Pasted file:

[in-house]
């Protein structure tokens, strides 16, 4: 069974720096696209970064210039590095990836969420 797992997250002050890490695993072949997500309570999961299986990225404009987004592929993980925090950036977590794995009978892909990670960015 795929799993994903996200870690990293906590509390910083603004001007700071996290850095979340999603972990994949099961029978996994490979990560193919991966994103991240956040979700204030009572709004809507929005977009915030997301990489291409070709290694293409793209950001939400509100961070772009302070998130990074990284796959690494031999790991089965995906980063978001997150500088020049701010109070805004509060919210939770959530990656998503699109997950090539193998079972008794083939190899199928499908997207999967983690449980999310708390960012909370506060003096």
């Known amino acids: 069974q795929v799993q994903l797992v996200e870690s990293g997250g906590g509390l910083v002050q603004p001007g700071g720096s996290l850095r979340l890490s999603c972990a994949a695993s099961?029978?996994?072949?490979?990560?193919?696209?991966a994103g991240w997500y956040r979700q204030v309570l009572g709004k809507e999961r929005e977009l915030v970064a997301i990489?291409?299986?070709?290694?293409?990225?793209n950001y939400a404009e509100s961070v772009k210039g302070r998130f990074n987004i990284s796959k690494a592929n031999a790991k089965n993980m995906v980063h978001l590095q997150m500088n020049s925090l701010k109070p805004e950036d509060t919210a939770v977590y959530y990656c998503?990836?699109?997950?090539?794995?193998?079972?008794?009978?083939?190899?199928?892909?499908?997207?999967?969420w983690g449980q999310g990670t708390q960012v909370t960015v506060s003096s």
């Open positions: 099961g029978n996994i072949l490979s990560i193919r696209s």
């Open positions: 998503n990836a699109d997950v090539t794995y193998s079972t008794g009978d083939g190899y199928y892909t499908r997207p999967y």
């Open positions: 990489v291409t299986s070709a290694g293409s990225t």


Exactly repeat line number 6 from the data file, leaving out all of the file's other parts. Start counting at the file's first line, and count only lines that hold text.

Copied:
């Open positions: 990489v291409t299986s070709a290694g293409s990225t």